Pesticides are only one of the tools used to control pests. In the late 1950s, the concept of integrated pest management was introduced. Scientists discovered that if we built a plan to control pests using different types of actions and products, we would be more successful, and it would be economically beneficial to the current crop and future crops that may be planted in the same area. They identified these actions as: 1) biological control (use of beneficial organisms), 2) habitat control (maintaining some natural habitat to provide beneficial insect reservoirs), 3) use of resistant varieties and 4) pesticides. For best control, these methods and others should be rotated.
In the United States, pesticides are highly regulated so that the public can rest easy feeding their families farmfresh products. To assure human safety, every farm, harvesting, packing and distribution practice has been considered before using a pesticide.
HISTORICAL PERSPECTIVE OF PESTICIDES
There are many examples of civilization battling pests throughout history. One historic pest infestation in the 19th century was the destruction of Ireland’s potato crop. This pest infestation directly affected the United States. A plant disease called late blight eliminated the potato crop in Ireland which, at the time, was the main food staple there. This led to the Great Irish Famine of 1845–1847. It is reported that a million Europeans starved to death, and the largest United States migration on record occurred.
At the time, the pest-control measures used were pulling weeds by hand, clubbing rats and plucking beetles. Due to the large amount of potatoes produced today, these crude pest management measures would not work. Late blight continues to be an issue today but is now managed using resistant potato cultivars, proper sanitation practices and fungicides. Scientists are continually looking for new resistant potato cultivars, safe and effective fungicides and ways to make the disease less of an issue.
Early research brought chemicals to the table that had pesticidal activity. Early plant-derived insecticides included hellebore to control body lice, nicotine to control aphids and pyrethrins to control a wide variety of insects. The discovery of Bordeaux mixture, a combination of copper and lime, was first used in the late 19th century to fight downy mildew. This first fungicide is still used today and is credited with beginning the modern fungicide era.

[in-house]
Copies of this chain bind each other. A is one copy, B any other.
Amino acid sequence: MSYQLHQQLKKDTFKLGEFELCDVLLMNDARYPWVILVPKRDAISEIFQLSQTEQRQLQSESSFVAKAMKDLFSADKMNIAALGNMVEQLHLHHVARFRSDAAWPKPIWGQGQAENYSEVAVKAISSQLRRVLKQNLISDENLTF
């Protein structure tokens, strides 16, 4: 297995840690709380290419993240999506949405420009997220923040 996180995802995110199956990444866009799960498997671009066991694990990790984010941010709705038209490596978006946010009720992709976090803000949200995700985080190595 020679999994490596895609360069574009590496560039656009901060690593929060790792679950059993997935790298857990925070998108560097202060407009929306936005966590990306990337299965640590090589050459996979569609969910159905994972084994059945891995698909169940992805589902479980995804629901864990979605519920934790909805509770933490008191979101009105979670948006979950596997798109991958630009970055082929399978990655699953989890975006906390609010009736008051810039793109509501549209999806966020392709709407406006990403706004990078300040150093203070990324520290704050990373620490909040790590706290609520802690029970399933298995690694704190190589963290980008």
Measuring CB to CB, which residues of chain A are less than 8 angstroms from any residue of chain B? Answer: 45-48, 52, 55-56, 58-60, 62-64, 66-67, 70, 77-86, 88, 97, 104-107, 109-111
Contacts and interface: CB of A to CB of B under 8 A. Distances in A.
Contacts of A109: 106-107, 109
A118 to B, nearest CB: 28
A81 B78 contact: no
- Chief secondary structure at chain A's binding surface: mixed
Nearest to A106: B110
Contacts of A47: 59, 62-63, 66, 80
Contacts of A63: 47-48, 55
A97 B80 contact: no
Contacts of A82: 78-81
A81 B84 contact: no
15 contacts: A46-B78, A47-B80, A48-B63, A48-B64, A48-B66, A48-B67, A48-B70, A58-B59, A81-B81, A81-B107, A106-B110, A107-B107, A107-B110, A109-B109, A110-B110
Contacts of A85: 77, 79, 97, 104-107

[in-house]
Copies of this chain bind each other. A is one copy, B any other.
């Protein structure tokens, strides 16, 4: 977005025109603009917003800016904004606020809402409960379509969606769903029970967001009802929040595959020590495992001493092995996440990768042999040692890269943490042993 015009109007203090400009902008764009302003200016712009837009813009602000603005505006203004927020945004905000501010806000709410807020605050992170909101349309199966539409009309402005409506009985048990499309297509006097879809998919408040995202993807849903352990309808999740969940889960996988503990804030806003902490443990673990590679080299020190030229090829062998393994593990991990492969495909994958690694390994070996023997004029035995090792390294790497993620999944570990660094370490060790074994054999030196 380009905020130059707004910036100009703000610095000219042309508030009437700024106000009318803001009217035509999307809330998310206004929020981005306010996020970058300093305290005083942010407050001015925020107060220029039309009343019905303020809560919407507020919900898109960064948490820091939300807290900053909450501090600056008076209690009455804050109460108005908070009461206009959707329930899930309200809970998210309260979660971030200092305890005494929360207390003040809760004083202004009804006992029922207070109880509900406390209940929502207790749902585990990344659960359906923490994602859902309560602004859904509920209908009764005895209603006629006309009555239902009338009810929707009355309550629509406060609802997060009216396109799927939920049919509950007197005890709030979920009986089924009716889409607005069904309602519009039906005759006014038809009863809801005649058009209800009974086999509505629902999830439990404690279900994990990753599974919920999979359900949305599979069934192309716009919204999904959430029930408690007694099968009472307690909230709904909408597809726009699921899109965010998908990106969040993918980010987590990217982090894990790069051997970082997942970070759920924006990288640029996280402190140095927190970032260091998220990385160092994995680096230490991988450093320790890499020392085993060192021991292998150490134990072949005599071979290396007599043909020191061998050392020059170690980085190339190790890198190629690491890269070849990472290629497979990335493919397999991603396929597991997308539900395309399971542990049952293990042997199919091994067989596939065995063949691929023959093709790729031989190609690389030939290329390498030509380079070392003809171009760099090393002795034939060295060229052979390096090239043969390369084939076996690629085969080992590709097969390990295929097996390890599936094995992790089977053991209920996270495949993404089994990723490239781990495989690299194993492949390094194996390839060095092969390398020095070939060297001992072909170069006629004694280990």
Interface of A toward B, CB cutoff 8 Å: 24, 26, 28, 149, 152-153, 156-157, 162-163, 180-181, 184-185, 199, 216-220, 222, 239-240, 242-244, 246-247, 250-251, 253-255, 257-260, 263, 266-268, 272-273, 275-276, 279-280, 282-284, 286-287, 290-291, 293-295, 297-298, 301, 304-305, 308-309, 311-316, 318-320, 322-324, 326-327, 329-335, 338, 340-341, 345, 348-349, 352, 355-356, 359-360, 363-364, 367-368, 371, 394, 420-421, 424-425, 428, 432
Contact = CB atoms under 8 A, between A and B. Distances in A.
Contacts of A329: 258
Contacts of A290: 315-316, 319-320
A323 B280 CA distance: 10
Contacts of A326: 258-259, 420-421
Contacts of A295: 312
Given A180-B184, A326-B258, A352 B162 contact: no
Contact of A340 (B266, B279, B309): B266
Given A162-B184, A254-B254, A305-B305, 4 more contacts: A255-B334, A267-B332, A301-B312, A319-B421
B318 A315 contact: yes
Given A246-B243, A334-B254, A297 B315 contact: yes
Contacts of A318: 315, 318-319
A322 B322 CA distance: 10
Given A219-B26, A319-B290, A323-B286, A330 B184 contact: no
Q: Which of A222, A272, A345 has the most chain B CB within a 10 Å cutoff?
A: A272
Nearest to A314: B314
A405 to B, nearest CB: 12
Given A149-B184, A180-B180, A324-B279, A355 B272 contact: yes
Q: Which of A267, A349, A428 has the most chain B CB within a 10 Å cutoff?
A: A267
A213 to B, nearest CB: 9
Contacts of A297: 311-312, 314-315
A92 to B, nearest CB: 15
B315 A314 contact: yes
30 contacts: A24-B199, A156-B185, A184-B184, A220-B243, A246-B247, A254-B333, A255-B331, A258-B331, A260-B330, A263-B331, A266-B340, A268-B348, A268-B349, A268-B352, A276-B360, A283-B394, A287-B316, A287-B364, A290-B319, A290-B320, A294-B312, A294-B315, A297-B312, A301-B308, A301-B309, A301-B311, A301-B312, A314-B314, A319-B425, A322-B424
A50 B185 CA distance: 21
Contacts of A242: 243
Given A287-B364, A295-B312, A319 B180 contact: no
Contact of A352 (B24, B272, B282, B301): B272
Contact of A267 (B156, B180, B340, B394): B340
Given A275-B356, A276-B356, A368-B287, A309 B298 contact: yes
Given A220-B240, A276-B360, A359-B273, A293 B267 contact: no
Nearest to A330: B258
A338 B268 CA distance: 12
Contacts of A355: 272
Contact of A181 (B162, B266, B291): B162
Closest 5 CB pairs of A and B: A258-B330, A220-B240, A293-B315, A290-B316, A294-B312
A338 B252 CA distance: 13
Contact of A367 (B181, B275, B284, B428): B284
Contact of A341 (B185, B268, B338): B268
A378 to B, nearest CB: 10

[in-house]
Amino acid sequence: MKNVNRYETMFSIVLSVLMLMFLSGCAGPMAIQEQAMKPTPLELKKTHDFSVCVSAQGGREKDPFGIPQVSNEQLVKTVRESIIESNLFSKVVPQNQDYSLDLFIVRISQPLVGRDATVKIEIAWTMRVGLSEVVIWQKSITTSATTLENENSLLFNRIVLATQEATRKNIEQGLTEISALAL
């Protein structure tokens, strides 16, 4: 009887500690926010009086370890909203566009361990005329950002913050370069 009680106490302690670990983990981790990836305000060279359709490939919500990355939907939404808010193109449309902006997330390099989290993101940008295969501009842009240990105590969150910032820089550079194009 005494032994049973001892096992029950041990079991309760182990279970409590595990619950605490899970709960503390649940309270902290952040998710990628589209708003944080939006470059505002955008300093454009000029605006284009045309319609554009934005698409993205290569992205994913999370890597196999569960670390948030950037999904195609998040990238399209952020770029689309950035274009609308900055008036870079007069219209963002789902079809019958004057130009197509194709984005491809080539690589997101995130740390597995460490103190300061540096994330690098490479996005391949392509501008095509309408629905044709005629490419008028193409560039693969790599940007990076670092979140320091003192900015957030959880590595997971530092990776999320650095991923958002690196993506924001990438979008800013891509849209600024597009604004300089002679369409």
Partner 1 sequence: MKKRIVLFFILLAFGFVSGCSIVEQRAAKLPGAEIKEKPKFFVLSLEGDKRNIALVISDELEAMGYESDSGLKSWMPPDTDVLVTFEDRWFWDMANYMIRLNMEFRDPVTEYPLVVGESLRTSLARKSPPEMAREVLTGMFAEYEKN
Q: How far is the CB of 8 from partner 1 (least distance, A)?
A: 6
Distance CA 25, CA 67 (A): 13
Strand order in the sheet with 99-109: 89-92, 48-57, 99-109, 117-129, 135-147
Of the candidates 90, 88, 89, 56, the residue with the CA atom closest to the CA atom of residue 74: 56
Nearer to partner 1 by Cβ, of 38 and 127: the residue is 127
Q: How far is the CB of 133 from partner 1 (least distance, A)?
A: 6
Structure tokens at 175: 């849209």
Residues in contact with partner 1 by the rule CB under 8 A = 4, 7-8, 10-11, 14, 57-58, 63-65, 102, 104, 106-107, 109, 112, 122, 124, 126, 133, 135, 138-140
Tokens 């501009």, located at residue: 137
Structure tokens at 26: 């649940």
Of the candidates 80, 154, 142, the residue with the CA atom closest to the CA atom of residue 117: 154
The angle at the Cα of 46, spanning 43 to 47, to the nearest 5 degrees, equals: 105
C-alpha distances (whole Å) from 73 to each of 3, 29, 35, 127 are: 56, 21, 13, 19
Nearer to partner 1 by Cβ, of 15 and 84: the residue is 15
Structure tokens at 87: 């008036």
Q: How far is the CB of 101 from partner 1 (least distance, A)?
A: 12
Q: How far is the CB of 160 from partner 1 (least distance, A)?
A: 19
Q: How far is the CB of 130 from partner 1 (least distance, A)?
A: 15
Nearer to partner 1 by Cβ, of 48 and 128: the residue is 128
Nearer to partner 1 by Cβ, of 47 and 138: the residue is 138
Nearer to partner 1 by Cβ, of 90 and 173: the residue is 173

It wasn’t until World War II and the post-war era that pesticides were developed from ingredients other than plants and inorganic compounds. DDT, a synthetic chemical, protected soldiers from insect-transmitted diseases. The success of DDT was the push-off point of the introduction of many other synthetic organic pesticides. These pesticides represent the beginning of the modern-day chemical industry and introduced a new era for pest control.
In more recent years, we have become aware of the strength and far-reaching effects of many of these first synthetic organic pesticides. In 1970, the EPA was formed by Congress with one task assigned: “To implement by regulation the laws passed by Congress to protect the environment and the health of humans and other animals.” This remains EPA’s mandate to this day. The EPA changed the way that many industries, not just agriculture, looked at pesticides, and mandated manufacturers to consider health, safety and environmental protection in the creation of pesticide materials.
Today, pesticides play a large role in the production of many products that feed and cloth the world. As good stewards of the land, we must remain diligent in our preparation of, use of and cleanup of pesticides and pesticide-application clothing and equipment. Many of the pesticides used in the past have been removed from the market due to misuse or consequences of use that were never imagined when they were introduced. This is very frustrating as many of these materials worked well and met a need not met otherwise. However, chemical companies around the world are continually creating effective pesticides and pesticide alternatives that make their way through the EPA process and become labeled.
As growers, we must be diligent in rotating pesticide mode of action and using other types of pest management activities. We must always keep at the forefront the importance of American agriculture to feeding the world. The future is bright, and it is apparent that pesticides will always play a beneficial role in agricultural production.
Laurie A. Hurner is the Highlands County Extension director and a citrus agent with UF/IFAS.